When we agree to work for a company, we expect that company to maintain a safe and healthy work environment. Sadly, that is not always the case.
This is especially true for those who work in a warehouse setting. Standing all day, preparing orders, lifting, and moving boxes can be physically draining. Now imagine doing this with no air conditioning and in extreme temperatures. This is a very real issue for many factory and warehouse workers in Riverside, San Bernardino, Fresno, Kern, Merced, and Los Angeles Counties, as well as in many other locations throughout the state.
In a recent example, Amazon encountered this problem in many of their fulfillment centers in Oregon, with the horrible conditions heightened during the busy “Amazon Prime Day”. As Oregon Public Broadcasting reported, due to the high volume of orders, no air conditioning, and unbearable summer heat, the employees suffered nasty workplace conditions.
“I would have sweat just dripping down from me because I was working so hard, and there was not any air conditioning,” one worker said.
“There was no air conditioning. They had fans blowing. So in the winter it would be cold, and in the summer it would be hot,” another victimized worker shared.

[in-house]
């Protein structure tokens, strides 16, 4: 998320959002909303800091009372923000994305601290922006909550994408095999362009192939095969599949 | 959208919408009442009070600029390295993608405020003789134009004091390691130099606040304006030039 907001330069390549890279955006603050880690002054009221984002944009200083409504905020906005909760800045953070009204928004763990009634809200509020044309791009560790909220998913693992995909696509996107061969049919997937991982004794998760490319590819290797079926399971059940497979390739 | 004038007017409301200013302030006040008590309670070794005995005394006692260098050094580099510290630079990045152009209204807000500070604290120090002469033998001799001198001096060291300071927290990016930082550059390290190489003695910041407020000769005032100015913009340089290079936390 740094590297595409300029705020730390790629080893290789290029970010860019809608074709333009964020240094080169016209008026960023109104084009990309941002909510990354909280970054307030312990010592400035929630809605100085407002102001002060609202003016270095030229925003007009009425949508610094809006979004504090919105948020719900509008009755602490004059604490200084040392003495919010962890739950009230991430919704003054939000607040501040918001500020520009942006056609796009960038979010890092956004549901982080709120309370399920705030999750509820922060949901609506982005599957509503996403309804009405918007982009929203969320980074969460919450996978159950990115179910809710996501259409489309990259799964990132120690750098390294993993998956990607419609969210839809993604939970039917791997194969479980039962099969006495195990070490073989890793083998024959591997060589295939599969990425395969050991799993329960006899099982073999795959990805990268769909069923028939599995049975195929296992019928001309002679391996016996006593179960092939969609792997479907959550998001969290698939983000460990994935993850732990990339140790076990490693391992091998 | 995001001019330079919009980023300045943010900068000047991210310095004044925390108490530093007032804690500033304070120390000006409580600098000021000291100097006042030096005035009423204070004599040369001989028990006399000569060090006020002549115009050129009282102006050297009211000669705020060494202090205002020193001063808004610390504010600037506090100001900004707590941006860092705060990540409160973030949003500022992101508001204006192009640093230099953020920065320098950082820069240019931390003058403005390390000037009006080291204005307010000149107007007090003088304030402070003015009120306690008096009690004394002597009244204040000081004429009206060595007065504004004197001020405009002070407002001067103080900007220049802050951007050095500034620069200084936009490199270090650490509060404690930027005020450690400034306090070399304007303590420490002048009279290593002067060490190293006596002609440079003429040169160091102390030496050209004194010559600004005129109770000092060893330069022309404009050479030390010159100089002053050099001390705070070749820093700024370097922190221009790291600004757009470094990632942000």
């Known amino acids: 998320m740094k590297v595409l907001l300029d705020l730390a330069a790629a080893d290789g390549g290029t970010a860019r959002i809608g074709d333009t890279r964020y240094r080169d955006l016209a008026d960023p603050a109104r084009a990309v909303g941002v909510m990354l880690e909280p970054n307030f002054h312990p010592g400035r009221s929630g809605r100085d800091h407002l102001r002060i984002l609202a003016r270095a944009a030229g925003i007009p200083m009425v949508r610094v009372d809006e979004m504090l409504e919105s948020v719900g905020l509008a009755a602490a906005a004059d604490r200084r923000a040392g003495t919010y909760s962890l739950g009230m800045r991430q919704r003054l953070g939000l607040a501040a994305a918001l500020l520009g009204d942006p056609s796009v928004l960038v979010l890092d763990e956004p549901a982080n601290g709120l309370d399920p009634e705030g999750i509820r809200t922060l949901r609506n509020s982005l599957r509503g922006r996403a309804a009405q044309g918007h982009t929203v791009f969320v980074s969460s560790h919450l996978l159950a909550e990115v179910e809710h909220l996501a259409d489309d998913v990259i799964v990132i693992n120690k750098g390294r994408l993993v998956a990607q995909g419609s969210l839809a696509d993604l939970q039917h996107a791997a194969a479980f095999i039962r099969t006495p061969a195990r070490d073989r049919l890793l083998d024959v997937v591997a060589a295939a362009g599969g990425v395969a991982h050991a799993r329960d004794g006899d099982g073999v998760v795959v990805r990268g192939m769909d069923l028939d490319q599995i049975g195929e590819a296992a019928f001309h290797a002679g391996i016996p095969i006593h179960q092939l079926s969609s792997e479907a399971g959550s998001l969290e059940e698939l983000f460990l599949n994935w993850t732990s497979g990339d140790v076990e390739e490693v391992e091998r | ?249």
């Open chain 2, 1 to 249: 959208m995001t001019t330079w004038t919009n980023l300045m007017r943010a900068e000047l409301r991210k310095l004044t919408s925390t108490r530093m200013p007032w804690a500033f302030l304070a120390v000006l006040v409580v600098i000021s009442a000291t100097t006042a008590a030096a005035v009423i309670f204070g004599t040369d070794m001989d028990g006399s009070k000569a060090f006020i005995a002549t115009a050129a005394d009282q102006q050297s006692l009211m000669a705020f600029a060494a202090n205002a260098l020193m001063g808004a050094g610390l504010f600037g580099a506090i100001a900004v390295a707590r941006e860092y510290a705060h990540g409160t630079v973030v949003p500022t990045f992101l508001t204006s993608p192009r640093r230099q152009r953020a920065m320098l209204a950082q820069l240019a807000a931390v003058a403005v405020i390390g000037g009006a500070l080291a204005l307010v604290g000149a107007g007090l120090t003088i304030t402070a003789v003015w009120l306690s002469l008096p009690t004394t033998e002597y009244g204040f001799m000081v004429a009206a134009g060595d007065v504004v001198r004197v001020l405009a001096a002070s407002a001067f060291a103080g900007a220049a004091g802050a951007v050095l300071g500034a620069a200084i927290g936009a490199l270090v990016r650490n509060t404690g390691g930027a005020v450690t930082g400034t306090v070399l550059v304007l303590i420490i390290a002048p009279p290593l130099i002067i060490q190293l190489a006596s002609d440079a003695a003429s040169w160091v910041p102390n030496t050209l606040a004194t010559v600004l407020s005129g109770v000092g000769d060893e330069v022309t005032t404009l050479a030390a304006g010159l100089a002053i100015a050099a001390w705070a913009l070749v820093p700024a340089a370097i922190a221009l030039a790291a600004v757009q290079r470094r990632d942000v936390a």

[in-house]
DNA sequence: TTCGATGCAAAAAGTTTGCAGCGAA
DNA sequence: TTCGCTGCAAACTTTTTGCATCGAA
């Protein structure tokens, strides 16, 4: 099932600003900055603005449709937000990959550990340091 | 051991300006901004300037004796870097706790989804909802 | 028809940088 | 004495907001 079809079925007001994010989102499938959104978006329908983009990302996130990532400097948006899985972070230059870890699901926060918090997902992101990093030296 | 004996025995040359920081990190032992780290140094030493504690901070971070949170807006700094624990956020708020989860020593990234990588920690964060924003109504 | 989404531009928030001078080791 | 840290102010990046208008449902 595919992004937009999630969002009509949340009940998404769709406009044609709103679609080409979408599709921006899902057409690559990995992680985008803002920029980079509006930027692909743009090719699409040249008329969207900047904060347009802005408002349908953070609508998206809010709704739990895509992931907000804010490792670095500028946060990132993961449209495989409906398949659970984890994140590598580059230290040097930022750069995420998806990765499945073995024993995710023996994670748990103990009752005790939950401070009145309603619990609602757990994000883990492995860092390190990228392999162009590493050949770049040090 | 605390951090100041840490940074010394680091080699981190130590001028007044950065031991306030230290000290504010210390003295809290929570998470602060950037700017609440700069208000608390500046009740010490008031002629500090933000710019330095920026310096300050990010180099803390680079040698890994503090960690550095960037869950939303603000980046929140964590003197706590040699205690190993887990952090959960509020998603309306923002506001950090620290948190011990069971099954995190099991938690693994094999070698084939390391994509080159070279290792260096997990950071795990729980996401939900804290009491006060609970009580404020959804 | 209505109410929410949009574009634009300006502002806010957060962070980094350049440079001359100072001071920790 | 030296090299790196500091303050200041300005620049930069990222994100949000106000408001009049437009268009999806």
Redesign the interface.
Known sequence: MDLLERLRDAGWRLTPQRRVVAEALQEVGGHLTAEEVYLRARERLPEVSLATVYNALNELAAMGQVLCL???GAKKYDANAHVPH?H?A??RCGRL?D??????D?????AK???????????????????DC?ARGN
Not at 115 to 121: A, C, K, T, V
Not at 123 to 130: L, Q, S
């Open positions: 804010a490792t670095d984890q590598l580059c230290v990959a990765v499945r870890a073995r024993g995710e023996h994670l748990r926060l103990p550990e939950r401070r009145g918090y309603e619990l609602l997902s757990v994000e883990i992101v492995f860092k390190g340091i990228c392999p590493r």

There Are Laws in Place to Protect Factory and Warehouse Workers in California
While your employer might not care about your working conditions, the government does. If you are living in California and believe you are working in extreme heat or cold at your workplace, you should familiarize yourself with Wage Order No. 4, section 15:
- The temperature maintained in each work area shall provide reasonable comfort consistent with industry-wide standards for the nature of the process and the work performed.
- If excessive heat or humidity is created by the work process, the employer shall take all feasible means to reduce such excessive heat or humidity to a degree providing reasonable comfort. Where the nature of the employment requires a temperature of less than 60° F., a heated room shall be provided to which employees may retire for warmth, and such room shall be maintained at not less than 68°.
Did you sweat it out this summer on your job? Were you freezing this winter at work?
If you and your coworkers feel like you have been working in these harmful conditions, you have every right to take legal action and should contact us for a free consultation.
To learn more about the Carter Law Firm, contact us here or fill out the contact form below.